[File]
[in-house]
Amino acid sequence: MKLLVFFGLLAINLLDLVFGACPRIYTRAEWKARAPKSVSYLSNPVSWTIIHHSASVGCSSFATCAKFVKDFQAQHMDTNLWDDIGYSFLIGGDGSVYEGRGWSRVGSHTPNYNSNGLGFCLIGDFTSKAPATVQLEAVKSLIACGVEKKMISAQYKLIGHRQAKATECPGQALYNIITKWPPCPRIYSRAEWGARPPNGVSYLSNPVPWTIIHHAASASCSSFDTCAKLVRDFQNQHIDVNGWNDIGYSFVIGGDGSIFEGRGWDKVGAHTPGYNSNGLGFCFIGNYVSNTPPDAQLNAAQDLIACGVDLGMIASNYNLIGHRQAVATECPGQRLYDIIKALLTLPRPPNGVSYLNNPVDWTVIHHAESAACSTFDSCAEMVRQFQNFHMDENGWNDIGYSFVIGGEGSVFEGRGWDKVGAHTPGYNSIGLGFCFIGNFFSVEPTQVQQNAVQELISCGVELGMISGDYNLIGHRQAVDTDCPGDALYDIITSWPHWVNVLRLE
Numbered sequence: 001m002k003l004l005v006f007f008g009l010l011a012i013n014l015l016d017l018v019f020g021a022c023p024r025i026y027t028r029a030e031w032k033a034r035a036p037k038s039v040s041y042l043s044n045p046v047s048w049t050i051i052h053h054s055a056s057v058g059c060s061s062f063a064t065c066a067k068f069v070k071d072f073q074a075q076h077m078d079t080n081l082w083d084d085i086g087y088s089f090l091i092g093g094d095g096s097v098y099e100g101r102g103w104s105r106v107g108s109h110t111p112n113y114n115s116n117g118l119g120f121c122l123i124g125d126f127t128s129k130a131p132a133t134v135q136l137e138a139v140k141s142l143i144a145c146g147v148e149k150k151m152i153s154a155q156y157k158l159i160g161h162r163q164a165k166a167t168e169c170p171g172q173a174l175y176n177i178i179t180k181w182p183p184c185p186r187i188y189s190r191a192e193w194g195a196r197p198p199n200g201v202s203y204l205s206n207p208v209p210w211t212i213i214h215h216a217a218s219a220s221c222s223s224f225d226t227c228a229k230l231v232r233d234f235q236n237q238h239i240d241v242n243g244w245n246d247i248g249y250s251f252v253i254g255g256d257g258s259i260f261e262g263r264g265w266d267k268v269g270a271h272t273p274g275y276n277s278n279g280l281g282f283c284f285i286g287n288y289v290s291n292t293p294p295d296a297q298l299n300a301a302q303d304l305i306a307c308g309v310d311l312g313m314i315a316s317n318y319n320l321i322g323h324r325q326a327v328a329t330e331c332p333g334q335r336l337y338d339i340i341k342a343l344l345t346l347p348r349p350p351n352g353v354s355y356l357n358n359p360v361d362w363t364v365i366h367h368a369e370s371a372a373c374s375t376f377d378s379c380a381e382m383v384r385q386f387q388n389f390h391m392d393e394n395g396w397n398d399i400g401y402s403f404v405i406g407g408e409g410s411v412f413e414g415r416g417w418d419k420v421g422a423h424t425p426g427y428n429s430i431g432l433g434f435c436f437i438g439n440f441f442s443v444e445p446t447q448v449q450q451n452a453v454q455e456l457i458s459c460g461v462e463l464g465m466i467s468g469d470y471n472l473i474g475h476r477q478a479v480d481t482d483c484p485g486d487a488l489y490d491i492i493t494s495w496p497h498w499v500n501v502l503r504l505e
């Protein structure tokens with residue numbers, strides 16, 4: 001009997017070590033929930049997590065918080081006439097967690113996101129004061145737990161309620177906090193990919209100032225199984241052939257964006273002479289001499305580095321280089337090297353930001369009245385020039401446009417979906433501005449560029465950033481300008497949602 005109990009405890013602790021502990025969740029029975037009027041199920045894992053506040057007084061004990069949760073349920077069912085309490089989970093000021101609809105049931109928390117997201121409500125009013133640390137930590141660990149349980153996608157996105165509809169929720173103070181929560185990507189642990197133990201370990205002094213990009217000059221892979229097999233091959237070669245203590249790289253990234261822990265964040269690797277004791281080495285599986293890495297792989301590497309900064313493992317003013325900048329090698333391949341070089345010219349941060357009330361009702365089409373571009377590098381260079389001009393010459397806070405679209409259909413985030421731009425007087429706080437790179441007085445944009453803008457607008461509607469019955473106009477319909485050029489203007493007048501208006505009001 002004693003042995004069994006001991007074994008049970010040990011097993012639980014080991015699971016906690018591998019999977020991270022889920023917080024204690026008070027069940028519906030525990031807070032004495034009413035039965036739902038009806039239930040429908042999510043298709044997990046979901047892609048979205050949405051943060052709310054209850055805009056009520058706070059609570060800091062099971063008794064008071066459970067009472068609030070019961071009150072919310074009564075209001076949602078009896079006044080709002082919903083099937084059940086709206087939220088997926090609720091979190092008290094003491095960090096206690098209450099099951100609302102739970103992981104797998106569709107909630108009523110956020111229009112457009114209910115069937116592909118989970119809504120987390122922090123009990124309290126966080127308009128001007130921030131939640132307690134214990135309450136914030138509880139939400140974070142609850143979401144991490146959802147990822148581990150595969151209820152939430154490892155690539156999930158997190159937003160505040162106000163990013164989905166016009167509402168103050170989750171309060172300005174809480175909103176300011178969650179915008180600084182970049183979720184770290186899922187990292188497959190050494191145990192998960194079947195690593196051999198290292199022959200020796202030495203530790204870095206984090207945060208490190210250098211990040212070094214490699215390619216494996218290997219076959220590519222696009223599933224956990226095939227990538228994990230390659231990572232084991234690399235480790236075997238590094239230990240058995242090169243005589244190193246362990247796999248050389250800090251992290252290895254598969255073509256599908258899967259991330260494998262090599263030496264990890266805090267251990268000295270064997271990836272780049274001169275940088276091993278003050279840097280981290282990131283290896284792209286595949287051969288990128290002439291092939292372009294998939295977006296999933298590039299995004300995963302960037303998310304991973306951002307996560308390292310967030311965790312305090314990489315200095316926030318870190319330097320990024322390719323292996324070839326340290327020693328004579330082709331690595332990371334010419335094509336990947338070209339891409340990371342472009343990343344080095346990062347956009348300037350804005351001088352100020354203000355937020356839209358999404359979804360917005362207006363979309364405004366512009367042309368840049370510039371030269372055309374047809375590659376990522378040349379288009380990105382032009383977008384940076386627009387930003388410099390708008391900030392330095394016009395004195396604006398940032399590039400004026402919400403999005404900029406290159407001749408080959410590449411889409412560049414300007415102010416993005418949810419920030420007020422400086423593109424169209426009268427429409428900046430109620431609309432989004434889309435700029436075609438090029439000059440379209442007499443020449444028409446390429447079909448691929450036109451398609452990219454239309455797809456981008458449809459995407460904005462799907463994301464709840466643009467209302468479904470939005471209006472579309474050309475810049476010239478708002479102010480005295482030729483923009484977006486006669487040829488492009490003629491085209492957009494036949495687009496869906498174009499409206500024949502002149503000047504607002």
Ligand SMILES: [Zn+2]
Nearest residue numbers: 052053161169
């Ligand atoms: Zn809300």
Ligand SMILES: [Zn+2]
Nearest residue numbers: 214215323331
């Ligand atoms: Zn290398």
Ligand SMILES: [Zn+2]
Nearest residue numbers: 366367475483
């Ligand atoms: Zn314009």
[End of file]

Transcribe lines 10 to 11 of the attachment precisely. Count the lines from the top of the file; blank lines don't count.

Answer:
């Ligand atoms: Zn290398």
Ligand SMILES: [Zn+2]